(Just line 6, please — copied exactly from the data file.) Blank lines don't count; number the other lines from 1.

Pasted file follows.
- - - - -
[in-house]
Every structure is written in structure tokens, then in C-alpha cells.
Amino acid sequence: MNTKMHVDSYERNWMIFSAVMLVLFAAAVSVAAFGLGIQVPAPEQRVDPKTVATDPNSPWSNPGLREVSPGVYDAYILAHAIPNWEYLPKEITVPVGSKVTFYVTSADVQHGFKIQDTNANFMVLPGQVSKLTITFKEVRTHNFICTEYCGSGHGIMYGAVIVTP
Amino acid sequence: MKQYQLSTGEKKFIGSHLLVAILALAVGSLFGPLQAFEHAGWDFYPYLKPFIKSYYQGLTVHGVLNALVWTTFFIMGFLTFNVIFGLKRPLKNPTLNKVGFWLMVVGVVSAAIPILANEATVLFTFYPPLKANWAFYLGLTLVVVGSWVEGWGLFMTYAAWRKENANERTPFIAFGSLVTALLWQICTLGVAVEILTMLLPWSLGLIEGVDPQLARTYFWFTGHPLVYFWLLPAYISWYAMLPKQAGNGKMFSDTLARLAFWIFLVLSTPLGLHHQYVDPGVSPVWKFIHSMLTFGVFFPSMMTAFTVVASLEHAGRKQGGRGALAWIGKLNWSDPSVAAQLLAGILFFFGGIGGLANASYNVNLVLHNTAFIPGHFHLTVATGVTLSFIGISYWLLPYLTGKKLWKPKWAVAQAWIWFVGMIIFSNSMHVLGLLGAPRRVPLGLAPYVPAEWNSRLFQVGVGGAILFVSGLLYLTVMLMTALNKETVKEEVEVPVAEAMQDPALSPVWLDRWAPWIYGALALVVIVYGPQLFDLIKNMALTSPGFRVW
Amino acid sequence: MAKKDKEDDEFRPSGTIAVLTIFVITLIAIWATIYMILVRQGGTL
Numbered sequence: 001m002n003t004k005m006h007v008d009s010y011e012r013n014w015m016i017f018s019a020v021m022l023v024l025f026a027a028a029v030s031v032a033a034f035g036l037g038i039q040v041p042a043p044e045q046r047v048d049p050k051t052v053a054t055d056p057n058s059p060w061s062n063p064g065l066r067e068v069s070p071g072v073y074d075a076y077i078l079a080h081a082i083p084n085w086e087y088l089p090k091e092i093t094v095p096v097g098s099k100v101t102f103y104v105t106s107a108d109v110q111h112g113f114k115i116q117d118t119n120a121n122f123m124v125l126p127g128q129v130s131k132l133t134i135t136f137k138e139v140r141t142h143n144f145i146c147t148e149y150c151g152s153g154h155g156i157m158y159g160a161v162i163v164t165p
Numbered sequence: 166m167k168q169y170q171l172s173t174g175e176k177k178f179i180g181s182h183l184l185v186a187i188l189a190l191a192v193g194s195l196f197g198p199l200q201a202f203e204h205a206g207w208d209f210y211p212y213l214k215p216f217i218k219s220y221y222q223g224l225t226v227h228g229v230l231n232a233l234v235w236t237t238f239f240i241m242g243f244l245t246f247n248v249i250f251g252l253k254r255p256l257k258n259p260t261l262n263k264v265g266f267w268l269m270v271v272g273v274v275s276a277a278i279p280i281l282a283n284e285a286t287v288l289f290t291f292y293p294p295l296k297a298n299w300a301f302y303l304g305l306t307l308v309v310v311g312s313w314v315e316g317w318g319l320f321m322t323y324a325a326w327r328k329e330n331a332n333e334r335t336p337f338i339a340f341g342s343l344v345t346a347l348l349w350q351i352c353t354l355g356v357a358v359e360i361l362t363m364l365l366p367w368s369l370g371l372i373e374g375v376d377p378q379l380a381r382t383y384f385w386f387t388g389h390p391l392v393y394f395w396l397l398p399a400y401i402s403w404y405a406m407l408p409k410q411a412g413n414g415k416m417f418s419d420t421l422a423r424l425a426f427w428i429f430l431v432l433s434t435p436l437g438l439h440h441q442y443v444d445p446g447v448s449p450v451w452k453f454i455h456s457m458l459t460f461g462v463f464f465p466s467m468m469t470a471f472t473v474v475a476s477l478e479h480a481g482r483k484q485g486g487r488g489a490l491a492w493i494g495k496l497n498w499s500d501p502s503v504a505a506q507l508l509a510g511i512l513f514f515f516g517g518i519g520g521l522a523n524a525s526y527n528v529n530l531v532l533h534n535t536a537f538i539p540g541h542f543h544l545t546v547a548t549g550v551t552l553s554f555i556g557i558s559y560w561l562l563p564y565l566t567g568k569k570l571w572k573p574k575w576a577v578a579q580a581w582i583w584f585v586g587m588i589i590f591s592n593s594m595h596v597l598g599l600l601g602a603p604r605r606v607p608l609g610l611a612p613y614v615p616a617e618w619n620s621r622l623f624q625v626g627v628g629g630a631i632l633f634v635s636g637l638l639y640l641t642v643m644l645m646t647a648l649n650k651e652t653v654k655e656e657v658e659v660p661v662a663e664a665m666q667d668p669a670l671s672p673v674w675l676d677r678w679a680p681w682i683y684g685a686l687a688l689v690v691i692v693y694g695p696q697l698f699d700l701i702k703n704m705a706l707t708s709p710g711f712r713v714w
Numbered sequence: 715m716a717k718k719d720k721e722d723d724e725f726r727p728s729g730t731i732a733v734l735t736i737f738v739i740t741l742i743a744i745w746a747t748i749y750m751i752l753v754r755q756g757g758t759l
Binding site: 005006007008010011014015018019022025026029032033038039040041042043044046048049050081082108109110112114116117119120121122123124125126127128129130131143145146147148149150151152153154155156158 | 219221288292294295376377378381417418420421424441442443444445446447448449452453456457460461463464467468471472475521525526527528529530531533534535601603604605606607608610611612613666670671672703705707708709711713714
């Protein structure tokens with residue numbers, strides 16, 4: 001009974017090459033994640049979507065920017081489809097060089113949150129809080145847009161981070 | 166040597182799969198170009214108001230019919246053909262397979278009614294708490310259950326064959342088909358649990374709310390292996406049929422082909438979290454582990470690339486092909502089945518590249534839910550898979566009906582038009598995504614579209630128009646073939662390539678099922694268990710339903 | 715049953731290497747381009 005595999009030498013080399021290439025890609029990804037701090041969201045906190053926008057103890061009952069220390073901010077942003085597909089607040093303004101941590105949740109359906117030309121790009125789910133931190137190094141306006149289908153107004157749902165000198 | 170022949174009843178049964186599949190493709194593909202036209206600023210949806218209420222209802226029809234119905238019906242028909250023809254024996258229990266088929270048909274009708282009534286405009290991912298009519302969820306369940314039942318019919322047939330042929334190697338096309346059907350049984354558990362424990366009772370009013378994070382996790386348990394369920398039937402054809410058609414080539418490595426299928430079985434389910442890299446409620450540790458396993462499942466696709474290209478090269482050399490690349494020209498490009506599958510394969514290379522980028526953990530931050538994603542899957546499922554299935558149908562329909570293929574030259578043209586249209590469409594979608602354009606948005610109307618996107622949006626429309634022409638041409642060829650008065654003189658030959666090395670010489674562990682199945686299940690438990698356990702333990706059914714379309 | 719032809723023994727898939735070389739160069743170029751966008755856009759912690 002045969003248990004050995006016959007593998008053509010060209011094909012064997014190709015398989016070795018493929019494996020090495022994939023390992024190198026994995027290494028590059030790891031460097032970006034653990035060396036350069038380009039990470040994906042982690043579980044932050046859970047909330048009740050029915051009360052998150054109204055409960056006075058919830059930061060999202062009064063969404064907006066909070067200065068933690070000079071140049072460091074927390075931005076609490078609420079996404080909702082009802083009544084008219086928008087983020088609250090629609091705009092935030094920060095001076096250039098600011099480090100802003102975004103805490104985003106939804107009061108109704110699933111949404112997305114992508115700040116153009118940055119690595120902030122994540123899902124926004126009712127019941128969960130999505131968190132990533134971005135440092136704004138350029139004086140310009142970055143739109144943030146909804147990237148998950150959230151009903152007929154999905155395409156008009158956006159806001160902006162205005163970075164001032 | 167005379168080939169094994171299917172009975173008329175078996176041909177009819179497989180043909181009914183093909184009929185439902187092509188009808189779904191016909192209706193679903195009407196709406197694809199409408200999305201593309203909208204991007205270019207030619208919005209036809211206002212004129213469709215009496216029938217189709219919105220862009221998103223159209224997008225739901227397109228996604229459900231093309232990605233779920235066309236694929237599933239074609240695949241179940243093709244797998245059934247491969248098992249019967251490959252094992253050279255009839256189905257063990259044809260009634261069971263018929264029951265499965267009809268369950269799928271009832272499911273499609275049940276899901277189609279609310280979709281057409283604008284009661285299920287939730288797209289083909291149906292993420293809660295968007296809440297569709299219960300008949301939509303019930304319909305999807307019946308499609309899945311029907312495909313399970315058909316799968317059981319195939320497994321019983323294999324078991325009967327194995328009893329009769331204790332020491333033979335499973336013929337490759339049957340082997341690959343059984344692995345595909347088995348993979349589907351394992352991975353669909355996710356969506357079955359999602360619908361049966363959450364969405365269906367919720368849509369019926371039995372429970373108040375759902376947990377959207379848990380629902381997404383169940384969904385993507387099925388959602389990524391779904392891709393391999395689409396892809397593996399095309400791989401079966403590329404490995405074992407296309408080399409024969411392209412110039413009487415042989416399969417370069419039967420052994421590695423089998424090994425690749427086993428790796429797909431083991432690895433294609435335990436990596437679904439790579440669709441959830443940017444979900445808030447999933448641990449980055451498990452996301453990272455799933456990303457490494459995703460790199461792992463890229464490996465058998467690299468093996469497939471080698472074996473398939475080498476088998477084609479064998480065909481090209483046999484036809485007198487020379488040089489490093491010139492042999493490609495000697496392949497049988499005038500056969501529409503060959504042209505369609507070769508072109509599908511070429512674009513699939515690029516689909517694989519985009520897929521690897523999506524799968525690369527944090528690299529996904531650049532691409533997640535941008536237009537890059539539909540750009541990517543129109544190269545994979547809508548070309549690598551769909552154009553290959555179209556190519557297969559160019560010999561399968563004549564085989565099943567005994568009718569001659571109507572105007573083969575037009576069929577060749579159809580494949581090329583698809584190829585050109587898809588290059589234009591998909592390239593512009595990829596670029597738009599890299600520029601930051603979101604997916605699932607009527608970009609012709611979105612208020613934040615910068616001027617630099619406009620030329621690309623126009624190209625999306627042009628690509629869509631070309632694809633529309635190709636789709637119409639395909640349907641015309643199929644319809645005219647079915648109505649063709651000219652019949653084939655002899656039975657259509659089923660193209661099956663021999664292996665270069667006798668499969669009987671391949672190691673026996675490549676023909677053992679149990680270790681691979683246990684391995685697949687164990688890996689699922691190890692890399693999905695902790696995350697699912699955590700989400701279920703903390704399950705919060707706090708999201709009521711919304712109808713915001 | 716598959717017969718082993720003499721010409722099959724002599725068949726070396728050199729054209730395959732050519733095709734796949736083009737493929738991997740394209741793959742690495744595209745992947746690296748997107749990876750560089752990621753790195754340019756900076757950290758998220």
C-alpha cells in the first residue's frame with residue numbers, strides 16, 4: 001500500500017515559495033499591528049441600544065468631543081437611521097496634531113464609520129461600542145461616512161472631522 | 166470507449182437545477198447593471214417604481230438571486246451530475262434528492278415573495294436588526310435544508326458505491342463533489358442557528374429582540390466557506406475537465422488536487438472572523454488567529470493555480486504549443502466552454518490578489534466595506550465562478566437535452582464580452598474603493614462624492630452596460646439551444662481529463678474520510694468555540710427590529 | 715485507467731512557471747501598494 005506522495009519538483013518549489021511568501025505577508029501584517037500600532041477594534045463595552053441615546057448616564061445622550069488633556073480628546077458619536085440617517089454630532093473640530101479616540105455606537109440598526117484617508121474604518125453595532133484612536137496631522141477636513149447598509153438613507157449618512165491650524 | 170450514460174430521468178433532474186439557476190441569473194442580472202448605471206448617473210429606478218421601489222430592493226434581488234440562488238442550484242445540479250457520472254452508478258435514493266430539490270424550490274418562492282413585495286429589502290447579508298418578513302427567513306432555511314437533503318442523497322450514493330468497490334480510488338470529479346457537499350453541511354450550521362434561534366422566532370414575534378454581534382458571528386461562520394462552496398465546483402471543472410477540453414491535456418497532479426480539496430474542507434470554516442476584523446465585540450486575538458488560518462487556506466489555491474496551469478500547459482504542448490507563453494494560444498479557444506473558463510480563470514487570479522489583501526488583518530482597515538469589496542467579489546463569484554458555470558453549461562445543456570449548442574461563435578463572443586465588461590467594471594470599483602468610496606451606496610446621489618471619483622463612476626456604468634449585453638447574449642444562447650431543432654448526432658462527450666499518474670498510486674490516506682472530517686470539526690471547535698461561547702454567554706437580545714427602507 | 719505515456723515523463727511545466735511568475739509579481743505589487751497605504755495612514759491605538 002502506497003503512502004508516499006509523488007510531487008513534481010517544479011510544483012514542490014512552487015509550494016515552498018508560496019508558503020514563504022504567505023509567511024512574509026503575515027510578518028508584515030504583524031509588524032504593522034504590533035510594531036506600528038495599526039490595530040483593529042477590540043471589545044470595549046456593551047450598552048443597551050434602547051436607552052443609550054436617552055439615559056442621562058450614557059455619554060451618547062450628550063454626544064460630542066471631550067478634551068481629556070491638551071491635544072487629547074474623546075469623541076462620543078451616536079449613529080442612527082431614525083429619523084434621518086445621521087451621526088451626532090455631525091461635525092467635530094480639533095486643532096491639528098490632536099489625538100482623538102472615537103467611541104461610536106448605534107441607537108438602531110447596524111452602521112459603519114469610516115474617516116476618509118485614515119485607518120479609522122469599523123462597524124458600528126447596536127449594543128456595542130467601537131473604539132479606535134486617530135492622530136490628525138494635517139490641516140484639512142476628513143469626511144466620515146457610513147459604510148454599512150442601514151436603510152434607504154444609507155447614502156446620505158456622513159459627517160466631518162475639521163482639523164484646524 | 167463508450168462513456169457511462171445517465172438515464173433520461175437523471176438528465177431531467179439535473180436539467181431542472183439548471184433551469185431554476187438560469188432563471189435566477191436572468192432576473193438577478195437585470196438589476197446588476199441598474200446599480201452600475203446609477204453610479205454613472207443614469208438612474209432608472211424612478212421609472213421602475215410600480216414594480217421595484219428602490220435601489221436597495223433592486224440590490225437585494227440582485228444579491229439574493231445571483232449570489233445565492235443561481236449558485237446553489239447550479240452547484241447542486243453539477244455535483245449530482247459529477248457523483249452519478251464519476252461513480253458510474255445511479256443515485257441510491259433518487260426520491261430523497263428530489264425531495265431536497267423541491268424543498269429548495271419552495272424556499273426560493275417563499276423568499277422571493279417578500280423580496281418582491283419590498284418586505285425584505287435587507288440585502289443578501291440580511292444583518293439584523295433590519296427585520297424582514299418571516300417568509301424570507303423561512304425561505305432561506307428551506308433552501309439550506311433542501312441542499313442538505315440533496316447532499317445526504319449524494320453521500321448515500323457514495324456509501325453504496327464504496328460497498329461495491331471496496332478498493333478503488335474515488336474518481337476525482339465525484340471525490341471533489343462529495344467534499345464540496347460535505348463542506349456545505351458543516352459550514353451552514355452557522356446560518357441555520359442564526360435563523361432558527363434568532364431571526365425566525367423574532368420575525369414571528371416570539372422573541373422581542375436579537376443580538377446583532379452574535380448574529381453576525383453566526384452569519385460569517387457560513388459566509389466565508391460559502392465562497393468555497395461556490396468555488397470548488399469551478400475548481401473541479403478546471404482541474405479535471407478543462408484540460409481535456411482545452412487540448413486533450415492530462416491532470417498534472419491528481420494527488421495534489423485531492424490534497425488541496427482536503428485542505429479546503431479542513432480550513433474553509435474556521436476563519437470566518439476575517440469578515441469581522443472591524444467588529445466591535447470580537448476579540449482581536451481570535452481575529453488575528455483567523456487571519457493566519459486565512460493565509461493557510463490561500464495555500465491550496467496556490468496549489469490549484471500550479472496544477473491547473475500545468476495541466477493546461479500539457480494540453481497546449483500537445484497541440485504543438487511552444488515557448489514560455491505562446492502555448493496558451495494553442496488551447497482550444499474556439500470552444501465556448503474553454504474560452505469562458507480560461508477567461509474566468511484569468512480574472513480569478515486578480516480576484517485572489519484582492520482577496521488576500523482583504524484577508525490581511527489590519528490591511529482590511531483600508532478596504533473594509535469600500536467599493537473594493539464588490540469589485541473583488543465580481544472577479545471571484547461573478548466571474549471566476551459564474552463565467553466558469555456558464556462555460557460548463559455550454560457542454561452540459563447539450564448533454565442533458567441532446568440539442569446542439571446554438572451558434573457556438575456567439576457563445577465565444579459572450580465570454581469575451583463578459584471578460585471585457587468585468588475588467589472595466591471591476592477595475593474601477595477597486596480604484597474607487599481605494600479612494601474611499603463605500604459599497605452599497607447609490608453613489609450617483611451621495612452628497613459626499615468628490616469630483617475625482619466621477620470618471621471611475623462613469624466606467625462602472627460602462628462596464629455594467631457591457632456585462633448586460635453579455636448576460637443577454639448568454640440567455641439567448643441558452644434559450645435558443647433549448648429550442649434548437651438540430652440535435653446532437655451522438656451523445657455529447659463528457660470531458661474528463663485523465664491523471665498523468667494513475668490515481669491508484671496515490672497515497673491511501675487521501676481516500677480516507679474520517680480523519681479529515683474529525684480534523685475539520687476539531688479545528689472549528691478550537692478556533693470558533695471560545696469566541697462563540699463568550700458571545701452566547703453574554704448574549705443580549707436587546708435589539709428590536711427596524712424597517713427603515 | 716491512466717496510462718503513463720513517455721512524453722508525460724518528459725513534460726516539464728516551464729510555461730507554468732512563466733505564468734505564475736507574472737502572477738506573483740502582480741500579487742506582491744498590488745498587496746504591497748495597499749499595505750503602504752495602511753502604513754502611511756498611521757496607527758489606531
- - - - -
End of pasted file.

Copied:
Numbered sequence: 001m002n003t004k005m006h007v008d009s010y011e012r013n014w015m016i017f018s019a020v021m022l023v024l025f026a027a028a029v030s031v032a033a034f035g036l037g038i039q040v041p042a043p044e045q046r047v048d049p050k051t052v053a054t055d056p057n058s059p060w061s062n063p064g065l066r067e068v069s070p071g072v073y074d075a076y077i078l079a080h081a082i083p084n085w086e087y088l089p090k091e092i093t094v095p096v097g098s099k100v101t102f103y104v105t106s107a108d109v110q111h112g113f114k115i116q117d118t119n120a121n122f123m124v125l126p127g128q129v130s131k132l133t134i135t136f137k138e139v140r141t142h143n144f145i146c147t148e149y150c151g152s153g154h155g156i157m158y159g160a161v162i163v164t165p